I recently finished reading a book that was recommended by friend called “Many Lives, Many Masters,” by Dr. Brian Weiss. I devoured the book. And by devoured I mean I purchased it just before 6:00 one night, started reading around 10:00, and after a few interruptions to take the dogs out, make tea, check on my sleeping son, and answer nature’s call (after several cups of tea), I read the last page about 5 hours later.
First let me just say that I love when people recommend books to me. Love it. If someone takes the time to mention a certain book, it means it had some kind of effect on them, and that’s all the information I need to give it a try. So, thank you, Mat, for suggesting the book in the first place.
When Mat told me about the book, I searched Amazon to see if there was a Kindle format I could download instantly. It took me a long time to embrace the Kindle. I like holding a book in my hand, the physical act of turning pages, and having the ability to underline passages and take notes in the margins (which, by the way, is why I’m totally banned from borrowing library books in my hometown). I finally got one for Christmas and I have to say, I love it. I carry it everywhere because it’s a lot easier to load into my purse than a 300-page hardcover. And, admittedly, it does enable me to electronically highlight passages and make notes, so that’s cool. But it has had the negative consequence of chipping away at my patience when I want a book instantly (or at ridiculous hours of the night when the bookstores are closed and I suddenly get the urge to read something RIGHT NOW) and it’s not available to download. Such was the case with “Many Lives, Many Masters.” But, as usual, that’s the universe telling me to stop being an asshat and take a breath. So not being able to download it gave me the opportunity to take my son to a brick and mortar bookstore and spend a leisurely Sunday afternoon browsing the titles. He chose a Disney bedtime stories book, and I came away with the Weiss book.
The book is Weiss’ story of how he reluctantly partook in past-life hypnotherapy with a young patient and how, ultimately, he came to discover some pretty powerful insights. The crux of it was thus: Our bodies live one life, but our souls live many lives. Each reality our souls take on is purposeful and has a far deeper meaning than we as humans can comprehend. There are lessons we need to learn in each incarnation, and our present existence is meant to lift our souls to a higher plane.
Several things struck me. First, his belief that as souls we choose our next life and everything that happens in it. At first I was sickened by the thought. Why, for instance, would anyone choose to be abused, raped, abandoned, murdered? Why would they choose to be addicts or to be infected with any number of diseases? It makes no sense. But the deeper meaning is that we choose such hardship in human form to enlighten our souls and to help others in some way. I’m still leery about that one, but if I can strip the human emotion and pain from it, it makes sense on some level. Second, that souls tend to reincarnate in clusters, and so the people you’re closest to in this life, or those with whom you share some bond, are likely those with whom you’ve traveled (proverbially speaking) before. That one I could wrap my head around a little better.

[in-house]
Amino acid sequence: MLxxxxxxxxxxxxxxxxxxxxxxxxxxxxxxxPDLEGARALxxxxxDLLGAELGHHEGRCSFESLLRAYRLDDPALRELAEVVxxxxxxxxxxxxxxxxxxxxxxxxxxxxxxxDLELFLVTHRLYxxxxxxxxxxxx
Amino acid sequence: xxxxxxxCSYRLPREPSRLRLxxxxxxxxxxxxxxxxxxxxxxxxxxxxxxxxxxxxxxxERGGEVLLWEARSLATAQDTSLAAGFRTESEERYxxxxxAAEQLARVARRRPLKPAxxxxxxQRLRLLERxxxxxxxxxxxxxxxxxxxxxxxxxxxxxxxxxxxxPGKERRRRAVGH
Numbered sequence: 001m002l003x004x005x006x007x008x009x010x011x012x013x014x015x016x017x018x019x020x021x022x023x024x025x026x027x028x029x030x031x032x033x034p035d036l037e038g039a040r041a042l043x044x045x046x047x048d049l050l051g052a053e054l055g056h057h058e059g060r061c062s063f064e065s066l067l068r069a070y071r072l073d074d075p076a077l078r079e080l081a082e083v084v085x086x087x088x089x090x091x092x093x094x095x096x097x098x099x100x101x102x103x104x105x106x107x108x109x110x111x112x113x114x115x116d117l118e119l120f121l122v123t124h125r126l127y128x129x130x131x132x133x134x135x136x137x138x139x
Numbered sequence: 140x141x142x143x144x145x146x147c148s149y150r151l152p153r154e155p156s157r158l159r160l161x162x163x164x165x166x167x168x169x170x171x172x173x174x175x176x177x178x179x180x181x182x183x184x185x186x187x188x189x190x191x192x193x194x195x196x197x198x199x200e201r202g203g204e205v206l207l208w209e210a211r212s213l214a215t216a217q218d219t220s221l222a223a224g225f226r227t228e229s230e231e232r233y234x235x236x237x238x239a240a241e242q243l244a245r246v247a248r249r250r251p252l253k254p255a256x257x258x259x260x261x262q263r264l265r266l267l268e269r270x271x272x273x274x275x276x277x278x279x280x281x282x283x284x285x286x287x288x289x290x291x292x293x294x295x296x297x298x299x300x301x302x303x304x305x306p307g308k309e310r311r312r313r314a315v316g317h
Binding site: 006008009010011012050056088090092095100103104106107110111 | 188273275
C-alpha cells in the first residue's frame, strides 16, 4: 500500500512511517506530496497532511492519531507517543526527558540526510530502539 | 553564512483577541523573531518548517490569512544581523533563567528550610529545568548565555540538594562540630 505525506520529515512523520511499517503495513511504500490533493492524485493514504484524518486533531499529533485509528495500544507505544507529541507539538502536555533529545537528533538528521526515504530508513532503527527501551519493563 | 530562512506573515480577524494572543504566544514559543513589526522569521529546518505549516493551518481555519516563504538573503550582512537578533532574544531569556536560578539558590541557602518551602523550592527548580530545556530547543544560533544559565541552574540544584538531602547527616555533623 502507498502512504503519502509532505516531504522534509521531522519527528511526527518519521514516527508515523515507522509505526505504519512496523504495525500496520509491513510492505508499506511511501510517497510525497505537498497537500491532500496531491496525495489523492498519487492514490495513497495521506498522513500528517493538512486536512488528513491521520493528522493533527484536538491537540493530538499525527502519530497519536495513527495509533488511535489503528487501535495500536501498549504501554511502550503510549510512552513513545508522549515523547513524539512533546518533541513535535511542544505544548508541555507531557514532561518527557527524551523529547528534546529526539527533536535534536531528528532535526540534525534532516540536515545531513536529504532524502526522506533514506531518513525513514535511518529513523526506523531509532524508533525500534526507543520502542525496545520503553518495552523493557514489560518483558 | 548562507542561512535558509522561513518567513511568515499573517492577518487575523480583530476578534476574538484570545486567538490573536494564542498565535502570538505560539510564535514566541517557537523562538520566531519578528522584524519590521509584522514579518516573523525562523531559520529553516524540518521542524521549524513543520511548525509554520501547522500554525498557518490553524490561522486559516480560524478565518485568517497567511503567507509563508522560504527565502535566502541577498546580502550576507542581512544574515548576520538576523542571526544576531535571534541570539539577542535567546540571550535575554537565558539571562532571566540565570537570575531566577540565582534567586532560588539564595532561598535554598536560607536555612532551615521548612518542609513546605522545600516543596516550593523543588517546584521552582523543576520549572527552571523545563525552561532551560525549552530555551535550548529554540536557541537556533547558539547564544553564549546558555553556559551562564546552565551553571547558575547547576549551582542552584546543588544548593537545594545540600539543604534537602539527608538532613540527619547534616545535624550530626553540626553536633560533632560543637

Not usually my cup of tea, but I have to say I was quite drawn in by it. I give it two thumbs up, for what it’s worth. Actually the book reminded me a lot of Arthur Rimbaud’s work…only far less dark. I didn’t so much want to stab myself in the neck with a sewing needle after reading Weiss. Such is often the case after sitting with Rimbaud’s words for any length of time.
Anyway. The book was amazing on so many levels. I was at once fascinated and disturbed by Weiss’ words. Parts of it felt like a warm embrace; other passages made my blood run cold. But my appetite for a deeper understanding is voracious to be sure.
Oh, um, full disclosure: In addition to finishing “Many Lives, Many Masters”, I also started a book called “My Best Friend Is a Wookie,” a memoir by a guy who became obsessed with the Star Wars movies at age 7 and whose main objective at that tender age was to become a Jedi Knight. Hi, my name is Michelle, and I, too, was a charter member of the Star Wars fan club. (I had a membership card and everything.) I strove to procure The Force, which I was so sure could protect me from the evils of the world. Plus? I really wanted a lightsaber and to hang out in the swamps of Dagobah with Yoda, just lifting shit up with my mind all day. So, yeah, I’m enlightened enough to have been captivated by Weiss’ work, but I’m also a fangirl geek at heart. Just wanted to put that out there, lest you mistake me for highly evolved. Heh.